constipation infants (rare); toddlers (toilet training woes); r/t dietary, hirshsprung's; diabetes; cerebral palsy; meds; fear; lack or time/modesty issues
IBS (crohn's disease) inc intestinal motility --> spasm et pain; triggered by stress et emotional factors
IBS (crohn's disease) manifestations ABD pain un-r/t meals; alternating D et constipation; inc mucous production -> maldigestion; dx by ruling out other pathology
IBS (crohn's disease) tx support, education, high fiber diet, antispasmodics, antidiarrheal drugs, simethicone, self-limiting, psychological implications, healthy habits, exercise
appendicitis most common cause of emergency surgery in Peds; inflammation et infectin of vermiform appendix; uncommon under 4yrs.
Appendicitis manifestations pain (inc intensity, RLQ); N/V/D or constipation; fever; chills; initial relief from pain if perforates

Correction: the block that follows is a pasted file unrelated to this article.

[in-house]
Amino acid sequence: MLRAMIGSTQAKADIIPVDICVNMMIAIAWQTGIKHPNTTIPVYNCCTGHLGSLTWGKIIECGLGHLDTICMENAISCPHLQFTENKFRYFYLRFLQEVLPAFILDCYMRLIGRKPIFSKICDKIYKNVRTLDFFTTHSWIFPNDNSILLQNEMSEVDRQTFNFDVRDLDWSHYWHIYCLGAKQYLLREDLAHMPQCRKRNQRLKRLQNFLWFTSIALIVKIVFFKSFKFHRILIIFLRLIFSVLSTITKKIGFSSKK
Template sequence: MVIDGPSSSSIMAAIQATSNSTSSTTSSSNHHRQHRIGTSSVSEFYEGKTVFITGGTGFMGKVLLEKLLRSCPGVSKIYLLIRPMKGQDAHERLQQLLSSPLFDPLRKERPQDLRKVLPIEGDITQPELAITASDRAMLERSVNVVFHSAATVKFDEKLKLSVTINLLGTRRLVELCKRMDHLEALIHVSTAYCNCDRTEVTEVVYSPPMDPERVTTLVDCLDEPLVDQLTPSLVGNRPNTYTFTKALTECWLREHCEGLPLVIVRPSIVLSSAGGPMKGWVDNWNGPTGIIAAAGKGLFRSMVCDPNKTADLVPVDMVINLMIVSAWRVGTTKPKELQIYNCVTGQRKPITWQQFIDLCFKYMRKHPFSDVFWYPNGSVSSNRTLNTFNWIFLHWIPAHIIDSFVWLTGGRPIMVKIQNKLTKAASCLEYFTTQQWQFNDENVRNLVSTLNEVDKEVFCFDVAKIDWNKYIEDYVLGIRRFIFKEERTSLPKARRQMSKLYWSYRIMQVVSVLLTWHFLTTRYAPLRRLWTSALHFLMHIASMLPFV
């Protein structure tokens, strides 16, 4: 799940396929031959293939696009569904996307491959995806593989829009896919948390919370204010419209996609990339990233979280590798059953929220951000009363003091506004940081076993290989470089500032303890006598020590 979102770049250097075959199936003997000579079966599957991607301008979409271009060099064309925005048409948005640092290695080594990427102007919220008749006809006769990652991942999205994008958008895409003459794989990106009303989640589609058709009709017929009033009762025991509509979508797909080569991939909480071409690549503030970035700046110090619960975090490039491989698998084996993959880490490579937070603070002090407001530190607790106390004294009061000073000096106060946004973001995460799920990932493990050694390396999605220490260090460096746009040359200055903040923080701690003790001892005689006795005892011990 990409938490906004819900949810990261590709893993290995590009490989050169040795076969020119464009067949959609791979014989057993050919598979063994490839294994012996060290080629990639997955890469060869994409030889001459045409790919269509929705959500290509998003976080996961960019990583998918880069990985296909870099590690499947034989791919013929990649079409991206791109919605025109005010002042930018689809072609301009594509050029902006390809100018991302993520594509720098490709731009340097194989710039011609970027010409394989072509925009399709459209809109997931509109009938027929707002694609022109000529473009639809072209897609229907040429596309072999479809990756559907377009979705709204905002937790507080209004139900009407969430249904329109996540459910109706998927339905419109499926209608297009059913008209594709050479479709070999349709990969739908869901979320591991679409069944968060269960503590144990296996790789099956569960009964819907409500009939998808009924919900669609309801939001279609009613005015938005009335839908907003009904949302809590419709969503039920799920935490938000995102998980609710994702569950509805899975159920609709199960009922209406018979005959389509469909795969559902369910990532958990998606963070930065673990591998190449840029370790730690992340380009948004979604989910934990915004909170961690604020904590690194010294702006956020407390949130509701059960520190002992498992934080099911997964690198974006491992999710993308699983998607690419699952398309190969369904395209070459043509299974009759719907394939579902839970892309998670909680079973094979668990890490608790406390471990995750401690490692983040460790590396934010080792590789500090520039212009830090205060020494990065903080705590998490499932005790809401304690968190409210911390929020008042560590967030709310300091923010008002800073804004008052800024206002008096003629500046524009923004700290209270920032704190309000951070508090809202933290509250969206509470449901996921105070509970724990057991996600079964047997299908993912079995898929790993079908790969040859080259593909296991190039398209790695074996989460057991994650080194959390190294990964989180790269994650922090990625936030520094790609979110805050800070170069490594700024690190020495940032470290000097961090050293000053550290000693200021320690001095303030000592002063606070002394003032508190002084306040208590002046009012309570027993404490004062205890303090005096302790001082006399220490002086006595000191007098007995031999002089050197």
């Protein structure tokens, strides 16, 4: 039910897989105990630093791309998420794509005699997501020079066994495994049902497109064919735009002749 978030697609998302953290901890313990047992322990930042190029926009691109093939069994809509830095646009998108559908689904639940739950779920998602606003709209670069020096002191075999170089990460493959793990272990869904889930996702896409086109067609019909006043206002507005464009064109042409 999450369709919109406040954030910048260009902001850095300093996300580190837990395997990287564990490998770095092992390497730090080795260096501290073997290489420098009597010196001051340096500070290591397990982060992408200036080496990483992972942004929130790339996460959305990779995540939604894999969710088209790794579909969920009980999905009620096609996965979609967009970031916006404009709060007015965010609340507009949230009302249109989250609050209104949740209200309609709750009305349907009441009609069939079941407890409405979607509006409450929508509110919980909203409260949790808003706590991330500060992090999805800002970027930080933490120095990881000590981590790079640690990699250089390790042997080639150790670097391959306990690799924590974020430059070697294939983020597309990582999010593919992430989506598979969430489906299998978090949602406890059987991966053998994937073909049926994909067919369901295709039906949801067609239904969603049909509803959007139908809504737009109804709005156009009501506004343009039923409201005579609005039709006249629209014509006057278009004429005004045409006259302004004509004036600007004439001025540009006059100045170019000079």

Appendicitis assessment peritoneal irritation; ABD pain (RLQ c rebound tenderness); guarding; appetite; activity; sequence of sx (pain-N/V)
Post-op care appendicitis pain management; restoring norm bowel function; fluids et nutrition; minimize risk of infection
1st degree burns erythema, painful, no epidermal loss; 7 days to heal
2nd degree burns superficial (blistering, debriding cause erythema et fluid secretion, no debriding = blister-> dry, callused); deep (less painful d/t nerve damage; erythema; dry et fixed); 14 days to heal
3rd degree burns not painful, dry c brown or white leathery appearance, generally require skin grafting; 21+ days to heal
burns tx stop burning process, cool soaks (NO ICE), clean covering prevent contamination et hypothermia, cleanse c soap et h2o
moderate to severe burns tx maintain airway, O2, VS, maintain CO by starting IV access, monitor septic shock, pain management, prevent infection, nutritional support, restoration of mobility, psychological support
burns wound care premedicate c analgesic, remove old dressings, assess, cleanse, deridement, topical enzyme to break down et remove dead tissue, thin layer antibiotic ointment, cover c new dressing
Created by: kdrummond08